University is all but a leisurely ride. The stress began before you even started university - in your senior year of high school, when OUAC applications made you a nervous wreck. You basically put down $50 for every university you wanted to apply to, and there was no guarantee you'd even get into any of them.

But the moment you received that coveted acceptance letter to your school of choice, it was like all the stress didn't matter anymore. The hard part was over, right? Wrong. As a university student, you're basically an adult on trial. Within your first week of university tensions build up again, and eventually you realize that the stress is probably going to last for the entire four to five years of your undergrad.

Here are 13 struggles every Ontario University student faces:

1. Spending your OSAP money on things other than school stuff

OSAP isn't 'free' money, but many students consider it to be. Those that do often spend the funds carelessly on anything other than school stuff - car stereos, plane tickets, Canada Goose jackets - you name it. One University of Waterloo student claims that his friend spent his OSAP completely on Apple shares and is now mad rich. On the opposite end of the spectrum, here's a Carleton University student who would rather not spend his OSAP on non-school-related things like beer if it means graduating debt-free. OSAP decisions are always tough.

2. The daily commute

Being on a bus or a train for around 2 hours every day getting to and from school is never fun. Pretty much any school in Toronto is a commuter school - UofT, Ryerson, YorkU - and surely no students are fans of the commute. Transit is always busy and jam-packed with people. Subway riders also have to deal with a Wi-Fi-less ride. And to top it all off, scheduling your day is always difficult because you have to incorporate that 2-hour (or so) travel time in your plans.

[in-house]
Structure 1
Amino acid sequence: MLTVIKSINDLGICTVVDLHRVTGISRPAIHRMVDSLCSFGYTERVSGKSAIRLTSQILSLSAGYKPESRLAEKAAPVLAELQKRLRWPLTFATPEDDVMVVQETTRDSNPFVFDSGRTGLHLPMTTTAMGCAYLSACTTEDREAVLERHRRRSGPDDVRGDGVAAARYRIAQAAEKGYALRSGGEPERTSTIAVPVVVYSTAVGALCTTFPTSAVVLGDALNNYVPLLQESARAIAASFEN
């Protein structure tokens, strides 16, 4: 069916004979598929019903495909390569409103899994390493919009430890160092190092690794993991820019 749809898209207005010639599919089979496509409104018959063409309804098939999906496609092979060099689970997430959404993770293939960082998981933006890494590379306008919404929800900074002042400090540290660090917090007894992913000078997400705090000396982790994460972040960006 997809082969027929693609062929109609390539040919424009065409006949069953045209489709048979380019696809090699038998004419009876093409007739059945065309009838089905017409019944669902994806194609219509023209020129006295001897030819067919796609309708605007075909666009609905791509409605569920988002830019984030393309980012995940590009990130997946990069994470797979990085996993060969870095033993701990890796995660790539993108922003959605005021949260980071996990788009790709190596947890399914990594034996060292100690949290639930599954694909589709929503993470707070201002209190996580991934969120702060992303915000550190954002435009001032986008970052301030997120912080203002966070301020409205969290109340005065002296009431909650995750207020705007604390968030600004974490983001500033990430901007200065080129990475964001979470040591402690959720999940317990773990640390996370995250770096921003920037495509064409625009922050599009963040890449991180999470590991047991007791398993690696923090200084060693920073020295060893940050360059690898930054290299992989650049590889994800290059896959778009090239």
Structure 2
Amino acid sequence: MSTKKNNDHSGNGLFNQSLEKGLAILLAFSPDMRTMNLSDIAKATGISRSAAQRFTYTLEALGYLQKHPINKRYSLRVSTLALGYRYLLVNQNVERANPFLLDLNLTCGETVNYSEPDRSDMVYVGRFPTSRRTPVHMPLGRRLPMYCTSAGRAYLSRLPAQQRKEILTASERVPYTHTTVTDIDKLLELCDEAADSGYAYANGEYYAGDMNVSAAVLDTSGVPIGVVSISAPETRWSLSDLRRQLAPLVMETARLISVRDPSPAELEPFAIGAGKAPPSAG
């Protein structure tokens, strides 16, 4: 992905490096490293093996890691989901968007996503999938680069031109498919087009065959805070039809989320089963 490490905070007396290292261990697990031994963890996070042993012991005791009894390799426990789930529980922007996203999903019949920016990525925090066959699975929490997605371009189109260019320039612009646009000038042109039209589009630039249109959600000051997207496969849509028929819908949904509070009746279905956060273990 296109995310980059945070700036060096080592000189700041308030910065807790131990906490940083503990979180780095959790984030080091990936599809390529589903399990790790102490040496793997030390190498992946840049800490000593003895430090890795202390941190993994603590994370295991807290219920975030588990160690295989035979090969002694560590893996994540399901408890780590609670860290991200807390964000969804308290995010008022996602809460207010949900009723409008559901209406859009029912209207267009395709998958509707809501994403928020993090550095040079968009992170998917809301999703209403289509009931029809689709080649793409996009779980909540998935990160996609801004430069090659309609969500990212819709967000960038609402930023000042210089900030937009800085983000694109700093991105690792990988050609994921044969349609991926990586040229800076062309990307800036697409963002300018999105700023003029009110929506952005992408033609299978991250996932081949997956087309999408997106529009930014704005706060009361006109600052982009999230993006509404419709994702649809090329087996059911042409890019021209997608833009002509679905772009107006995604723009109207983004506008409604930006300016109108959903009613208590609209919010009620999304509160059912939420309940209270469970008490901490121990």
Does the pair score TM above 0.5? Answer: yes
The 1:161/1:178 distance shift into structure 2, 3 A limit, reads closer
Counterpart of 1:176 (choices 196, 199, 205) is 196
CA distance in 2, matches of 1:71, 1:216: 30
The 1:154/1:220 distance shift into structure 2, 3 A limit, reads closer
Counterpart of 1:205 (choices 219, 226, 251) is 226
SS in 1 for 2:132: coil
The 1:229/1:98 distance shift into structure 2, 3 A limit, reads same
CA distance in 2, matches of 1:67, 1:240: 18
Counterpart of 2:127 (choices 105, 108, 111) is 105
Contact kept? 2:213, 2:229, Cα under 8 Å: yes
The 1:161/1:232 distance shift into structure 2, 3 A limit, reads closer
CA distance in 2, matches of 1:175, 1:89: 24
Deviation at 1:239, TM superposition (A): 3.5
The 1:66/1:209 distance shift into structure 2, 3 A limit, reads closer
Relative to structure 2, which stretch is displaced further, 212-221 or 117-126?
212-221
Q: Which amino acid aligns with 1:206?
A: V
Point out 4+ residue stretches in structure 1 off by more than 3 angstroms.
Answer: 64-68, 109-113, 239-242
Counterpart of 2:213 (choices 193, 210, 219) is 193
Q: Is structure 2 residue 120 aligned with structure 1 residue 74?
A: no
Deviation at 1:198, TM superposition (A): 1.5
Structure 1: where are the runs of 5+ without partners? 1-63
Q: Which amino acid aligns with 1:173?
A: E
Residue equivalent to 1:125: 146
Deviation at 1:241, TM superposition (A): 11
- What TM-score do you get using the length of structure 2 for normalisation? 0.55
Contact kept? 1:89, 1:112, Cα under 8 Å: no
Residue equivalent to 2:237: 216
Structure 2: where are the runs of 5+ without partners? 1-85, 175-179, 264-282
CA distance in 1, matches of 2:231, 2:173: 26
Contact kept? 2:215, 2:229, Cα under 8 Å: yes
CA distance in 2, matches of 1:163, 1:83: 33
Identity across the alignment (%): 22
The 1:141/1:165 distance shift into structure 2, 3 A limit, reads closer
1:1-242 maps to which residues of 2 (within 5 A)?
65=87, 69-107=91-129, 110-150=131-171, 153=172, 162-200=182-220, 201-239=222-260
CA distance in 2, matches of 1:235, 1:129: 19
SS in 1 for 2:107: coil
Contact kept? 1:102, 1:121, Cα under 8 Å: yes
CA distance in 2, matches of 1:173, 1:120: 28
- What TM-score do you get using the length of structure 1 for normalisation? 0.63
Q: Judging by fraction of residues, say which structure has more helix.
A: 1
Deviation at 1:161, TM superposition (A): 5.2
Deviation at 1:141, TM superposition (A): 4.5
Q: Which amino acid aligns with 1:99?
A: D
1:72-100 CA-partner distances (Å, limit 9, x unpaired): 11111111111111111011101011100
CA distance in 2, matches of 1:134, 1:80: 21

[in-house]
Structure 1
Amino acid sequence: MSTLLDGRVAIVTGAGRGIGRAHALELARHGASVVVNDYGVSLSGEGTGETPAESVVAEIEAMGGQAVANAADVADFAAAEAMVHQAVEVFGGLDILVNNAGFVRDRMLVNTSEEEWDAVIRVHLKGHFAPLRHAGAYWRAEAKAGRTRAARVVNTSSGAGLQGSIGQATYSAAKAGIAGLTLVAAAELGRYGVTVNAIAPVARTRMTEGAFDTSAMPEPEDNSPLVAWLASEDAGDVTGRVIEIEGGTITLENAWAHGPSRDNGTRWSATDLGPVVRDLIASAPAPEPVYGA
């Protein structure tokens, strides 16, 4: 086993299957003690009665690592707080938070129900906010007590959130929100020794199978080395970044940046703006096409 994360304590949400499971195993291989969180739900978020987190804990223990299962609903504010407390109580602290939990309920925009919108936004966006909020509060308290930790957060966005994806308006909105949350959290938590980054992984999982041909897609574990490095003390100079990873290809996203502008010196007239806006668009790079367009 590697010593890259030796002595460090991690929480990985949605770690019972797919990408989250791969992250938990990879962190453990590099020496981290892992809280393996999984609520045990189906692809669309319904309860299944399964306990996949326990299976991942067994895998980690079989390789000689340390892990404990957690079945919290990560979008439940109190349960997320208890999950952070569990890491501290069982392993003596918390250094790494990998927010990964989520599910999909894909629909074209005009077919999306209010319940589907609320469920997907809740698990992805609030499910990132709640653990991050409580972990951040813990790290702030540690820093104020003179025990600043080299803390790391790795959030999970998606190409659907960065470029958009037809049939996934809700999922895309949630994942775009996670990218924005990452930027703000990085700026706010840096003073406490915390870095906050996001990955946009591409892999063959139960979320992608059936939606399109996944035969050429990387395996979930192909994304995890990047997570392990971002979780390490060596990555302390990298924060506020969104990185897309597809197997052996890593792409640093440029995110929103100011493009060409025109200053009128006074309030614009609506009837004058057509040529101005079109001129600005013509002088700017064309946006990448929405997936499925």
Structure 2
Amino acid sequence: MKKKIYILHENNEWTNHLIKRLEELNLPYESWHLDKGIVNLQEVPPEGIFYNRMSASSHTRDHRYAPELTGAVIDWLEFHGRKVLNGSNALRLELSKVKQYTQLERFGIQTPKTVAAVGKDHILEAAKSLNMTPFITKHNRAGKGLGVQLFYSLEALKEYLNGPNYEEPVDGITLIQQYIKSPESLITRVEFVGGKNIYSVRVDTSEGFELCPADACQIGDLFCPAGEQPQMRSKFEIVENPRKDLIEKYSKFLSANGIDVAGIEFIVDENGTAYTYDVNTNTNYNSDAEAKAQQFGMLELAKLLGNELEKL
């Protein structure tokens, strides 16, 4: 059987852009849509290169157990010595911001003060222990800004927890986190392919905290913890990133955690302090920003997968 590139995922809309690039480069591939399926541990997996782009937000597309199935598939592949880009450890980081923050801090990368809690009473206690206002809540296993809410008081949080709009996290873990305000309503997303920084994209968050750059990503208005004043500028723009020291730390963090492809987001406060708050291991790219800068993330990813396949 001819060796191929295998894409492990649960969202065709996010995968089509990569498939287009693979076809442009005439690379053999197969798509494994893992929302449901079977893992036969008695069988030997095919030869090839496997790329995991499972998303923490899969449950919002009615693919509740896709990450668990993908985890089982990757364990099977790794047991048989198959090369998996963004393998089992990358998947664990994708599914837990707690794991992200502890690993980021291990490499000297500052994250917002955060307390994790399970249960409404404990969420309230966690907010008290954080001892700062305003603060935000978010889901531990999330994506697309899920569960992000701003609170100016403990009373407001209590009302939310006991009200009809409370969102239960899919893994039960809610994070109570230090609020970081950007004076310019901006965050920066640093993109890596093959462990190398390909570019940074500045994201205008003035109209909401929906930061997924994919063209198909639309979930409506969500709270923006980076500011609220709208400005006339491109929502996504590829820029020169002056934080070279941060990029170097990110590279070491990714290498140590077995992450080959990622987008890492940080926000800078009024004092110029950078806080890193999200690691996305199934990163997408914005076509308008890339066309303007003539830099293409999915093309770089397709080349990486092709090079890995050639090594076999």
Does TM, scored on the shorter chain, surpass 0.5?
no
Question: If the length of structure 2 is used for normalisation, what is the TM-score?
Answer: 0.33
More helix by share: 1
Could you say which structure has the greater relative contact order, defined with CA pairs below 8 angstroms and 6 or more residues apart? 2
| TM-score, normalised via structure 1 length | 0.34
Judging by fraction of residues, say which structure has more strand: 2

3. Terrible Wi-Fi connection on campus

If there's one inevitable truth, it's that university students cannot survive without a reliable Wi-Fi connection. Most Ontario universities have decent Wi-Fi (like Nippissing University, which upped its Wi-Fi game in 2013), while some others are less fortunate. Lakehead University is an example of the latter - a survey conducted on its students revealed they are not satisfied with the Wi-Fi connection on campus and that it is in dire need of updating.

4. Forgetting to opt-out

Opting out of certain services or plans that your school offers (like health and dental plans) is a great way to save money if you already have your own coverage. For example, opting out of the MSU Health and Dental plan at McMaster can save you around $170, which is money that could go to other student expenses. Forgetting to opt out is therefore always unfortunate, especially if you forget more than once.

5. Getting lost on campus

Every school has that one building that is just impossible to navigate through. At Brock University it's the Mackenzie Chown building. At UWaterloo it's the Psychology/Anthropology/Sociology building. At McMaster it's the Togo Salmon Hall, Kenneth Taylor Hall and Chester New Hall buildings. No matter how long you've been a student at your university, there are always certain areas of campus that you still get lost in.